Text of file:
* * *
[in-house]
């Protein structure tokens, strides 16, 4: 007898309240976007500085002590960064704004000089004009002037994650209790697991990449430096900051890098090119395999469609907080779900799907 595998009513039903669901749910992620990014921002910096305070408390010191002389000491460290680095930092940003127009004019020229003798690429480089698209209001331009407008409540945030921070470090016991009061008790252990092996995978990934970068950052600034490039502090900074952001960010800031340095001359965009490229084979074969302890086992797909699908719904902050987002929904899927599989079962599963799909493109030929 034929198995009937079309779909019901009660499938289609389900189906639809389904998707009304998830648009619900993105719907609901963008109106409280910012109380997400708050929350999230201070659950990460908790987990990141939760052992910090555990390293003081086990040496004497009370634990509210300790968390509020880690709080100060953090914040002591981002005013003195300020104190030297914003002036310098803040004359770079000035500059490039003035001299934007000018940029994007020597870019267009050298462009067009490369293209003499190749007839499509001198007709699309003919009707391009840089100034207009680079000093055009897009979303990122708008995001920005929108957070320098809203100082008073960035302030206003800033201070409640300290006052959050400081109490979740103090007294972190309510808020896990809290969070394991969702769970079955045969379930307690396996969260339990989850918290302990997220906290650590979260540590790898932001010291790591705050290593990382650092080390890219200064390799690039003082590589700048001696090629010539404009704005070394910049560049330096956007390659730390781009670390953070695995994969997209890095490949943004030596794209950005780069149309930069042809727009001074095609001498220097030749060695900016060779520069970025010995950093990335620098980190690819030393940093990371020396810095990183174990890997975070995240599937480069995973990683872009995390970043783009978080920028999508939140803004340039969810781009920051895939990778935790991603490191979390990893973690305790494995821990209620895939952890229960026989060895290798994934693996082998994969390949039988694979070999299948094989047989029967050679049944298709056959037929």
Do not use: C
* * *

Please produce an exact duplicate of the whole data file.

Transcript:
[in-house]
């Protein structure tokens, strides 16, 4: 007898309240976007500085002590960064704004000089004009002037994650209790697991990449430096900051890098090119395999469609907080779900799907 595998009513039903669901749910992620990014921002910096305070408390010191002389000491460290680095930092940003127009004019020229003798690429480089698209209001331009407008409540945030921070470090016991009061008790252990092996995978990934970068950052600034490039502090900074952001960010800031340095001359965009490229084979074969302890086992797909699908719904902050987002929904899927599989079962599963799909493109030929 034929198995009937079309779909019901009660499938289609389900189906639809389904998707009304998830648009619900993105719907609901963008109106409280910012109380997400708050929350999230201070659950990460908790987990990141939760052992910090555990390293003081086990040496004497009370634990509210300790968390509020880690709080100060953090914040002591981002005013003195300020104190030297914003002036310098803040004359770079000035500059490039003035001299934007000018940029994007020597870019267009050298462009067009490369293209003499190749007839499509001198007709699309003919009707391009840089100034207009680079000093055009897009979303990122708008995001920005929108957070320098809203100082008073960035302030206003800033201070409640300290006052959050400081109490979740103090007294972190309510808020896990809290969070394991969702769970079955045969379930307690396996969260339990989850918290302990997220906290650590979260540590790898932001010291790591705050290593990382650092080390890219200064390799690039003082590589700048001696090629010539404009704005070394910049560049330096956007390659730390781009670390953070695995994969997209890095490949943004030596794209950005780069149309930069042809727009001074095609001498220097030749060695900016060779520069970025010995950093990335620098980190690819030393940093990371020396810095990183174990890997975070995240599937480069995973990683872009995390970043783009978080920028999508939140803004340039969810781009920051895939990778935790991603490191979390990893973690305790494995821990209620895939952890229960026989060895290798994934693996082998994969390949039988694979070999299948094989047989029967050679049944298709056959037929």
Do not use: C